This project arose from the Commission’s recommendation in their Report, Disclosure to Court of Defendants’ Previous Convictions, Similar Offending, and Bad Character (R103, 2008). The Commission recommended that Government should undertake an inquiry into whether the present adversarial trial process should be modified or replaced with an alternative model, with particular reference to cases involving sexual violence.
In 2012, the Commission completed a preliminary review of the use of alternative pre-trial and trial processes for criminal offending, with a specific focus on sex offences. The Commission published Issues Paper 30 and received a large number of submissions from the public. The project was then put on hold by the Minister Responsible for the Law Commission at the time.
In late 2014, the project was reactivated on request of the current Minister of Justice. The terms of reference for the project have not changed.
The Commission undertakes a high-level review of pre-trial and trial processes in criminal cases. In particular, it considers whether the adversary framework within which those processes operate should be modified or fundamentally changed in order to improve the system’s fairness, effectiveness and efficiency.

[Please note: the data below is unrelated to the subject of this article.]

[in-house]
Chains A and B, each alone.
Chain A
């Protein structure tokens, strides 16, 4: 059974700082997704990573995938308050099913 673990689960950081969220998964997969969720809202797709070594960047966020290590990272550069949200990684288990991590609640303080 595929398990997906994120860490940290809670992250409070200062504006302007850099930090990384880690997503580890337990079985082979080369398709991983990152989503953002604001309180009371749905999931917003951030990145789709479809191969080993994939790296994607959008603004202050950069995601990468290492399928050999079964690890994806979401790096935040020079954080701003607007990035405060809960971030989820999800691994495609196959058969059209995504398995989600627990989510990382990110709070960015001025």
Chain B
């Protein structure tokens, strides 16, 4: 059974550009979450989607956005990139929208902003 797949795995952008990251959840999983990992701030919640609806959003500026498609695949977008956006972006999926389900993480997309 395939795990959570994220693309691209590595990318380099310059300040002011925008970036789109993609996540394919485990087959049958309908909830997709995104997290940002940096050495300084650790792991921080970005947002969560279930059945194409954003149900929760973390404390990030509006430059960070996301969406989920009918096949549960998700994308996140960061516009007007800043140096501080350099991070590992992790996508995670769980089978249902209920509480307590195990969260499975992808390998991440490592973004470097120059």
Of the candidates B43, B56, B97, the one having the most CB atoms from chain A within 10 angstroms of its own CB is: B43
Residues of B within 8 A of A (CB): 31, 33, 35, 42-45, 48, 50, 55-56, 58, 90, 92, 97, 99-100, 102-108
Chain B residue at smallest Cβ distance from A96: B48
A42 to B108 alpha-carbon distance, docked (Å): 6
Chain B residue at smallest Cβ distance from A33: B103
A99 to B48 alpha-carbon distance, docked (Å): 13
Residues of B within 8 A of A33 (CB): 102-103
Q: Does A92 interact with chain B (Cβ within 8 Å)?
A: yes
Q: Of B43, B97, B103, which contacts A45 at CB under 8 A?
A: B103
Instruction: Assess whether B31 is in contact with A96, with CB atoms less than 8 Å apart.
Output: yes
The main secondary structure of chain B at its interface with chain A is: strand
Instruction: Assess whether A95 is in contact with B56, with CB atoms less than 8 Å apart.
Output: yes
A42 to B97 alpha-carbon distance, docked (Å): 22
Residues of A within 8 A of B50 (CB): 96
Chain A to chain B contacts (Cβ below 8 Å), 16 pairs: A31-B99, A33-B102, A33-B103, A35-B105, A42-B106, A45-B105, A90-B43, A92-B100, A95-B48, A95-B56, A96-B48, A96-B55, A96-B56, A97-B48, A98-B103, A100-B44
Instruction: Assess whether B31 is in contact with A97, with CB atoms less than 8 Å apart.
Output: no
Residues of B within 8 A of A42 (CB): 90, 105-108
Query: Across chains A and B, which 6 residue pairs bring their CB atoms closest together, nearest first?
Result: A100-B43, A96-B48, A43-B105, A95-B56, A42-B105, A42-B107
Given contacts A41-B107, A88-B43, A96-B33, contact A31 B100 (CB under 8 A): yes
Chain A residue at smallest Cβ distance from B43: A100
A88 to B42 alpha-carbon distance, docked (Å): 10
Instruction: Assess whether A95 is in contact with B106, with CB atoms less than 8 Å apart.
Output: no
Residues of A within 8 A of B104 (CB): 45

The Commission includes within its review an examination of inquisitorial models and considers whether all or any part of such models would be suitable for incorporation into the New Zealand system.
The Commission puts particular emphasis upon the extent to which a new framework and/or new processes should be developed to deal with sex offence cases. However, it also considers the desirability of alternative approaches in other categories of cases, such as those involving child victims, child witnesses and family violence, and considers the extent to which the system needs to be modified more generally.